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UK will 'fight back' over Brexit trade deals, warns Hammond

Chancellor Philip Hammond has warned the EU that Britain will not "slink off like a wounded animal" but will "fight back" if it does not get the Brexit deal it wants.

In some of the toughest talking yet ahead of the UK triggering the Article 50 negotiations on terms of withdrawal, the Chancellor said Britain would "do whatever we need to do" to be competitive in the event of leaving the EU without a trade agreement.

Mr Hammond told the BBC's Andrew Marr Show that Britain's "fighting spirit" would come to the fore in any future clash with the EU.

"If there is anybody in the European Union who thinks that if we don't do a deal with the European Union, if we don't continue to work closely together, Britain will simply slink off as a wounded animal, that is not going to happen.

"British people have a great fighting spirit and we will fight back. We will forge new trade deals around the world. We will build our business globally.

"We will go on from strength to strength and we will do whatever we need to do to make the British economy competitive and to make sure that this country has a great and successful future."

Asked if this meant the UK would slash business taxes to attract investment away from the EU, the Chancellor said: "People can read what they like into it. I'm not going to speculate now on how the UK would respond to what I don't expect to be the outcome.

"But we are going into a negotiation. We expect to be able to achieve a comprehensive free trade deal with our European Union partners, but they should know that the alternative isn't Britain just slinking away into a corner."

The Chancellor also indicated the UK would pay any Brexit bills it owed to the EU.

He said: "Obviously, this is a piece of negotiating strategy that we are seeing in Brussels. We are a nation that honours its obligations and if we do have any bills that fall to be paid we will obviously deal with them in the proper way.

"We are a nation which abides by its international obligations. We always have done, we always will do, and everybody can be confident about that."

The comments came after a Lords report stated that Britain could legally walk away from the EU without paying a penny if there is no trade deal.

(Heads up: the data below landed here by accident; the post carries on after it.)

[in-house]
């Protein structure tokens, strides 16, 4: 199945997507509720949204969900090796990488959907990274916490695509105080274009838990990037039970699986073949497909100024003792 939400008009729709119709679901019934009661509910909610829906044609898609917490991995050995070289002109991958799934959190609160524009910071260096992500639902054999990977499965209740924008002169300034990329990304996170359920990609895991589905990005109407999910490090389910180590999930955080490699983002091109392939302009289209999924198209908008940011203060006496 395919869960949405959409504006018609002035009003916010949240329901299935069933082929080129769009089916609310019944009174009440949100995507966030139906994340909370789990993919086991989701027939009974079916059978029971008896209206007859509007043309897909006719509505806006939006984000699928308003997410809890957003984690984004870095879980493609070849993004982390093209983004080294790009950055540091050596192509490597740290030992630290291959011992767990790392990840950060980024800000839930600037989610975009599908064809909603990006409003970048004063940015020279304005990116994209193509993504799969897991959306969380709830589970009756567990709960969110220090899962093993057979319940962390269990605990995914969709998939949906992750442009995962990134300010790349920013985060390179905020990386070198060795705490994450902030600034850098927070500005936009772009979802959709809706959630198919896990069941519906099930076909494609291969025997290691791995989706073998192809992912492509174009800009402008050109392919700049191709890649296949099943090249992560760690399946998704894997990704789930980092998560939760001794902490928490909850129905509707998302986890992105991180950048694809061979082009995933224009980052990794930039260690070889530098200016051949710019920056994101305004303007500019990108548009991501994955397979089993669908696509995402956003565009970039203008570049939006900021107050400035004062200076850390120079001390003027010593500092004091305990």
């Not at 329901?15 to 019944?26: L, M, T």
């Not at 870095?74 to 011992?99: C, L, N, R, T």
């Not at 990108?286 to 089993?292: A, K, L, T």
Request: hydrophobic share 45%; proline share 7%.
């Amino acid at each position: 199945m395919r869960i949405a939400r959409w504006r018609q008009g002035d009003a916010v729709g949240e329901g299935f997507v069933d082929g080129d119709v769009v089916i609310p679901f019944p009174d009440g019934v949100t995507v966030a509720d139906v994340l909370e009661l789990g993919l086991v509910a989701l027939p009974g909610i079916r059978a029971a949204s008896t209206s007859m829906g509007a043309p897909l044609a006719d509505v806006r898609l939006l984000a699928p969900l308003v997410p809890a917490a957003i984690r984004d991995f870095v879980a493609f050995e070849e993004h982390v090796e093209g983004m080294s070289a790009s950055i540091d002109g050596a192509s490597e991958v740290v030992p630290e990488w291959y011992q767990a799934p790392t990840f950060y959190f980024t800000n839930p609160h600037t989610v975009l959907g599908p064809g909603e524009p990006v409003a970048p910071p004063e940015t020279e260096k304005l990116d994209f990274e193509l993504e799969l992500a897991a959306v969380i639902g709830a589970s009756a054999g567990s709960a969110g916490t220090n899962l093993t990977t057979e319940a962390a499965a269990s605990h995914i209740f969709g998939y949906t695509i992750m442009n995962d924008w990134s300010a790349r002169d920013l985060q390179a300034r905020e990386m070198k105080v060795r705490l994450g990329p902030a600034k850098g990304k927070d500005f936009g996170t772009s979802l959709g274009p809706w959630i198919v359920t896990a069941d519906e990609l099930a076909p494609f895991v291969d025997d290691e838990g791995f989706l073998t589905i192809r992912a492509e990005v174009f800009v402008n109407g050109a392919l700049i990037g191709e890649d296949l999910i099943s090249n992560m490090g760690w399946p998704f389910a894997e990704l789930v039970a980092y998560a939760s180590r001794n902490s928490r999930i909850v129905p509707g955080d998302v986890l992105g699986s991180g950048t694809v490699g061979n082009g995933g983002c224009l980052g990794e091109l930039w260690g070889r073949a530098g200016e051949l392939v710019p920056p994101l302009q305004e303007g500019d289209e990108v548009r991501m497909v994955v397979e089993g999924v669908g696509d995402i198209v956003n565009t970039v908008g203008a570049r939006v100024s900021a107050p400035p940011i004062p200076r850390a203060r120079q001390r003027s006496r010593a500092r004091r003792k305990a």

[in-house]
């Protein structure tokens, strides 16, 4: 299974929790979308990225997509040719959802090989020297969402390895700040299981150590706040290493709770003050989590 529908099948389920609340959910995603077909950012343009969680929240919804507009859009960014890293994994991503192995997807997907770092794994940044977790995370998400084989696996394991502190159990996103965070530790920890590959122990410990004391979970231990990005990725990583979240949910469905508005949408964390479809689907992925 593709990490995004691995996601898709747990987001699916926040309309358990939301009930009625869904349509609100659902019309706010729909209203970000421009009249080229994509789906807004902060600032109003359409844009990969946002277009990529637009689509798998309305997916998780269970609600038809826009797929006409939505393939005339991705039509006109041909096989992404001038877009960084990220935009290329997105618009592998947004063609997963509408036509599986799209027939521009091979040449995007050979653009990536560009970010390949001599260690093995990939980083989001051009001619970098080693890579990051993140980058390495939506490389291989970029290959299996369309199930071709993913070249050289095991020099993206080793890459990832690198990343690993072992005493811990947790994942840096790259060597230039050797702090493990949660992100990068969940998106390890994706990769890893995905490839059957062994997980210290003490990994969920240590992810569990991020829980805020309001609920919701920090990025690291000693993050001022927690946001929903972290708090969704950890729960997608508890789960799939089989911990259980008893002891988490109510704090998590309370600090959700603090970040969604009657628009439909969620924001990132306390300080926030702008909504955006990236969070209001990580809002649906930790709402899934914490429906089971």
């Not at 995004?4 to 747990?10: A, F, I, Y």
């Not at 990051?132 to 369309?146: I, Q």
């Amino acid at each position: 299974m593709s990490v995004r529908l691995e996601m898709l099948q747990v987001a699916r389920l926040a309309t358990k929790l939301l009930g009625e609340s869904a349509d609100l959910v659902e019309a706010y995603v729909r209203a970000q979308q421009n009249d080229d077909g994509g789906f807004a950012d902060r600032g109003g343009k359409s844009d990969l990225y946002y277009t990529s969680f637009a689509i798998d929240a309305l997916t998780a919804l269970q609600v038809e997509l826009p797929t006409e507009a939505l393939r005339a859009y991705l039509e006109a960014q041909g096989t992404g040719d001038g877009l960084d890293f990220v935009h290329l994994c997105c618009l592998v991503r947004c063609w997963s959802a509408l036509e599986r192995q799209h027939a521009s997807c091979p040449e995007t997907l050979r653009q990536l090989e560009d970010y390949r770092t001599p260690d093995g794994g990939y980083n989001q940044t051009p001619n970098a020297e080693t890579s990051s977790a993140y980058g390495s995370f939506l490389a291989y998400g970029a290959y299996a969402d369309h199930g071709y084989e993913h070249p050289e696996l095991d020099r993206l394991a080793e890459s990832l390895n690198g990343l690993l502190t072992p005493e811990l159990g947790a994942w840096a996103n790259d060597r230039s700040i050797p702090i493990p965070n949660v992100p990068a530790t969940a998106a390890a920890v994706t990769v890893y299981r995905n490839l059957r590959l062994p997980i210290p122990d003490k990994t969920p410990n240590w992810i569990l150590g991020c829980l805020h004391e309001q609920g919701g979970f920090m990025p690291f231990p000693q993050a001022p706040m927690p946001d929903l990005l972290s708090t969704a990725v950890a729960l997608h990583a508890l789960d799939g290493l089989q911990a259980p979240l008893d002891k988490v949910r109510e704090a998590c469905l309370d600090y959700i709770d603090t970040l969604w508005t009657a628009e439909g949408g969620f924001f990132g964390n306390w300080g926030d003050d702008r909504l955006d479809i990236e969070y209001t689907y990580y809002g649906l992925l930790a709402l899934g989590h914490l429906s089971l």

While it has been reported that the European Commission's chief Brexit negotiator Michel Barnier is seeking a 60 billion euro (£52 billion) "exit bill" from Britain, the Lords EU Financial Affairs Sub-Committee said all estimates of the cost of withdrawal were "hugely speculative".

Mr Hammond rejected calls from a cross-party committee of MPs for the Government to give an immediate guarantee to the millions of EU nationals living in the UK of their future rights.

The Commons Exiting the EU Committee said the Government should act unilaterally and not wait for a reciprocal assurance over the position of British citizens in the EU.

The committee - whose members include Michael Gove who was co-chairman of the official Vote Leave campaign - said it was "unconscionable" they should have to wait up to two years when the negotiations conclude before their position is clarified.

The Chancellor told ITV's Peston on Sunday: "We have to protect the couple of million British nationals who are living in the European Union. We have to get a fair deal for them as well.

"This isn't about turfing people out, this is about the rights people have."

Commons Leader David Lidington cautioned the Lords against amending the Brexit Bill to include a clause for a "meaningful vote" in Parliament at the end of the negotiating process.

He told BBC Sunday Politics: "Parliament will get the chance to vote on the deal.

"Any idea that the PM's freedom to negotiation is limited, any idea that if the EU 27 were to play hardball, that somehow that means that Parliament would take - try to reverse the referendum verdicts, and to set aside the views of the British people, that would almost guarantee that it would be much more difficult to get the sort of ambitious, mutually beneficial deal for us and for the EU 27 that we want."

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